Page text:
Item: 161903
Surname: Boydell (obit.,)
First Name: Charles
Ship: -
Date: 1869 26 August
Place: Gresford
Source: MM
Details: DEATH OF CHARLES BOYDELL, ESQ, J.P.-The death of this much esteemed gentleman took place on Wednesday last, at his residence at Camyrallyn, near Gresford, and his funeral took place on Saturday, his remains being fol-lowed to their last resting-place by all of our principal residents, and a large concourse of followers. None have passed away from amongst us more highly esteemed and respected than Mr. Charles Boydell. Unostentatious in his intercourse with everyone, charitable in his disposition, ever anxious to conciliate wherever contentions arose, a friend to the poor, and always looked up to by all classes of the community with the greatest respect, he was truly beloved and esteemed by all. He was one of our oldest magistrates, and, ere affliction overtook him, he always took great pleasure in punctually performing his magisterial duties. His decisions on the bench always gave the most complete satisfaction: never, indeed, did we hear of any of his magisterial decisions being in any way impugned ;but, whatever his decisions were, they seemed to be taken as both correct and just by each party, and hence many sought for his advice and counsel in matters of difficulty. For many years Mr. Boydell took a very active part in public matters in the affairs of our district, was a stern opponent to the resumption of transportation when that question was agitating the public mind, was a member of our District Council for a lengthened period when in the prime of life, and in the midst of his career of general usefulness for the public good, he was laid aside by the afflicting hand of paralysis, and ever since he has been confined to his own dwelling, now for many years past. But even through this period his kindness of heart and charitable disposition have very frequently been experienced by the residents that surround Camyrallyn House ; and though his death was not unanticipated, it caused when the news was spread around, a thrill of anguishing many hearts, and many felt they had lost a sincere friend.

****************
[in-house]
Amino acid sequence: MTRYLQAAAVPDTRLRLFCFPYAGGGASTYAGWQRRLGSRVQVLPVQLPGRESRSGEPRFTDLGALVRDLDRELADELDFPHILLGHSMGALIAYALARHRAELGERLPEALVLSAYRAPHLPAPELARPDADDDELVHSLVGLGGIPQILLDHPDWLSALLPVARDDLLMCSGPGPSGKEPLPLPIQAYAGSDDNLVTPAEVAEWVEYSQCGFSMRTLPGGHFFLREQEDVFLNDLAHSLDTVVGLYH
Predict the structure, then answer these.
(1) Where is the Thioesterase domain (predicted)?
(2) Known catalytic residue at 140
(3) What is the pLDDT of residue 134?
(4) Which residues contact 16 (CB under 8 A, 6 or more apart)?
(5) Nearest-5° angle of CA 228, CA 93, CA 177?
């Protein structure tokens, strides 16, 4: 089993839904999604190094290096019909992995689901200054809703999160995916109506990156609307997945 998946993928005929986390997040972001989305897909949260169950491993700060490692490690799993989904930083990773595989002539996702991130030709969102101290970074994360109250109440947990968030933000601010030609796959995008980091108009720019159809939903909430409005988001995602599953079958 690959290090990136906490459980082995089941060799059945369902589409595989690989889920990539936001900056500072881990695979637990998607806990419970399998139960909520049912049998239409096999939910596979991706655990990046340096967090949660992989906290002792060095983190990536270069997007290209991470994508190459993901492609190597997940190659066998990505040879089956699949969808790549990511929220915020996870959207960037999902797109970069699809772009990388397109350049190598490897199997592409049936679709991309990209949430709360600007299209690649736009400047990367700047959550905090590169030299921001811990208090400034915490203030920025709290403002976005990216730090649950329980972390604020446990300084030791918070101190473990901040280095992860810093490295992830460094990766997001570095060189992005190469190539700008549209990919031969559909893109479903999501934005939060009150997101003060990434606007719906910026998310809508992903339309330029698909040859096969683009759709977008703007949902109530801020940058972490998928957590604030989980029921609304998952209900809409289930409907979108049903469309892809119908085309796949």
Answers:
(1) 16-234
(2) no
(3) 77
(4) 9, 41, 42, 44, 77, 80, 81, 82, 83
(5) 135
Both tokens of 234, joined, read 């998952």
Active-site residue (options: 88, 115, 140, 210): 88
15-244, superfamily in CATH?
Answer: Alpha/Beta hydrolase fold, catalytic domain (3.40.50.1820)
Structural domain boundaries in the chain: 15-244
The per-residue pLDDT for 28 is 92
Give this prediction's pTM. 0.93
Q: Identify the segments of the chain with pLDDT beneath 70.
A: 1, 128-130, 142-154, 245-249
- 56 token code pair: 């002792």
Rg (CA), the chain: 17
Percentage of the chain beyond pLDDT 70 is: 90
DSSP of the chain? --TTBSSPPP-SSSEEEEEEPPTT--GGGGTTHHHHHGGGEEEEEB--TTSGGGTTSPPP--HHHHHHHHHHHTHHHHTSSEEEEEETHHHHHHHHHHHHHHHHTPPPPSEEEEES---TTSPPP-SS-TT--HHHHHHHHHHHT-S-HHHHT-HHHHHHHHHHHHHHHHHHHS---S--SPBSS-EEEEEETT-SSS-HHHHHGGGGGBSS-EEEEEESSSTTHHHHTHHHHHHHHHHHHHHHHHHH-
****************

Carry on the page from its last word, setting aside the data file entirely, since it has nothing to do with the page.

Item: 191198
Surname: Brown (obit)
First Name: Herbert Harrington
Ship: -
Date: 3 July 1929
Place: Sydney
Source: Sydney Morning Herald
Details: The funeral of Mr. Herbert Harrington Brown, a former member of the Legislative Assembly for the Paterson district from 1875 till 1880, and for Durham from 1880 till 1895, who died on Monday, took place at the Northern Suburbs Cemetery yesterday afternoon. In his youth Mr. Brown made many long journeys droving cattle to Queensland and Victoria. He later became the breeder of a well-known herd of Jersey cattle. Ponies bred by him, and known by their brand as Club Eights, were at one time much used in Sydney on postal deliveries and collections. Mr. Brown is survived by two sons, Messrs. Herbert Lindeman Brown, of Darling Point-road, Sydney, and Sidney John Brown, of Paterson, and four daughters, Mrs. R. M. S. Wells, of Mos- man; Mrs. W. Leigh, of Mosman; Mrs. R. Jones, of Brisbane; and Miss L. Brown, of Mosman, at present in England.

Item: 191421
Surname: Brown (obit)
First Name: John Dowling
Ship: -
Date: 6 January 1927
Place: Roseville
Source: Sydney Morning Herald
Details: The death occurred at his residence, Shirley- road, Roseville yesterday of Mr. John Dowling Brown. He belonged to one of the oldest and best known pioneering families in New South Wales. His father, the late Mr. J. Dowling Brown, came to Australia early in the last century, and settled in the Paterson district at Coulston. Later he acquired pastoral interests in other parts of the State, and was well known in Riverina and the northern districts. Deceased was in his 70th year. He was educated at the King s School, Parramatta, and 55 years ago joined the staff of the Bank of New South Wales. Early in his career he was appointed a branch manager, and was so employed until his retirement a few years ago. He was highly respected by his fellow officers, and was popular with all who knew him, both in his official capacity and in his private life. Mr. Brown is survived by Mrs. Brown and two sons, Messrs. R. Dowling Brown, of Coulston, North Bangaroo, and G. Dowling Brown, of Tyril, Dandaloo. Mr. W. Le Brun Brown, stipendiary magistrate, and Mr. C. F. Brown, of the staff of the head office of the Commercial Banking Company, are brothers.